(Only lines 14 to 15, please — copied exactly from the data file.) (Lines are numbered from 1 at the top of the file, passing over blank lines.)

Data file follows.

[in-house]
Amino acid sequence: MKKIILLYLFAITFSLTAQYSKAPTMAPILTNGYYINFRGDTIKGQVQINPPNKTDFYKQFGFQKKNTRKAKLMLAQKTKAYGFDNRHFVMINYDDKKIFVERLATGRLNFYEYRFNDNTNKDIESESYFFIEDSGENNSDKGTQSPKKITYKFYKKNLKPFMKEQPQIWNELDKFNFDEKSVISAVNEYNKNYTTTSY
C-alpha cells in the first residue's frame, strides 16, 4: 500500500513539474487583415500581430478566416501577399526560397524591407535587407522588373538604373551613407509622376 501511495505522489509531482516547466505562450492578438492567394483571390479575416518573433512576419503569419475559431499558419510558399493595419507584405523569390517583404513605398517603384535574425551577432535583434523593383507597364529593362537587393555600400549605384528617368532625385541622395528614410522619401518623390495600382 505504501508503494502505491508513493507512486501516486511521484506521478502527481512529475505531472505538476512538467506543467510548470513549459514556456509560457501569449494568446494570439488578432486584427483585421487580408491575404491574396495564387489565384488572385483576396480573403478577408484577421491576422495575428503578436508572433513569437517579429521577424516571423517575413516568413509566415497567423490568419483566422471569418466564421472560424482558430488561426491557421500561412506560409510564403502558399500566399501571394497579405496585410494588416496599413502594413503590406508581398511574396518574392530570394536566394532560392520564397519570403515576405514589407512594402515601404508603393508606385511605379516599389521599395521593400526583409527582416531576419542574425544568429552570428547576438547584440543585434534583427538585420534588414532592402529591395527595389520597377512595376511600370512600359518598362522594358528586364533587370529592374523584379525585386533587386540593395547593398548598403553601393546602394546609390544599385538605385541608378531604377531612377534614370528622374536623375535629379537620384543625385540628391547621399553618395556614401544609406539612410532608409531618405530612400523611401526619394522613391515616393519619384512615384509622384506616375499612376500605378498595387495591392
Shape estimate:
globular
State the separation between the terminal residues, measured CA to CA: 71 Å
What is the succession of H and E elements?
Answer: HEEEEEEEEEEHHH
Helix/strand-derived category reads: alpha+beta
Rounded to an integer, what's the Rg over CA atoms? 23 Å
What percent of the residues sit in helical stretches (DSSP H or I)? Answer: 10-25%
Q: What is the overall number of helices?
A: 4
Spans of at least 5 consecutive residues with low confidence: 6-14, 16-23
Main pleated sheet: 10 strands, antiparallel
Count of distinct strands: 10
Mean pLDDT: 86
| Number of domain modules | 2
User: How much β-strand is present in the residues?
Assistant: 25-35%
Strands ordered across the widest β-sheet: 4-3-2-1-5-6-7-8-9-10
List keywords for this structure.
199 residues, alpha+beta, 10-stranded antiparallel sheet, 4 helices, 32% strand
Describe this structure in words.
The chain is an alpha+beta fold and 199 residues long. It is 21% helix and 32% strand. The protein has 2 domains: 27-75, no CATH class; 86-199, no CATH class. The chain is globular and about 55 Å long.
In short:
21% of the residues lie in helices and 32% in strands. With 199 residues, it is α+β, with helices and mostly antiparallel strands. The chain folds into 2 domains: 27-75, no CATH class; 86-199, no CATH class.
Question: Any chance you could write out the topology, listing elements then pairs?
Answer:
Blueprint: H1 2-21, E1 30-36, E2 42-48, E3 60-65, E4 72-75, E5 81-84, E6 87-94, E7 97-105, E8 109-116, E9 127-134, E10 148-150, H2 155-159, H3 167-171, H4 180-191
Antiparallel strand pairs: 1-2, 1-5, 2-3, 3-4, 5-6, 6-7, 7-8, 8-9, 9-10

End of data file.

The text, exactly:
Spans of at least 5 consecutive residues with low confidence: 6-14, 16-23
Main pleated sheet: 10 strands, antiparallel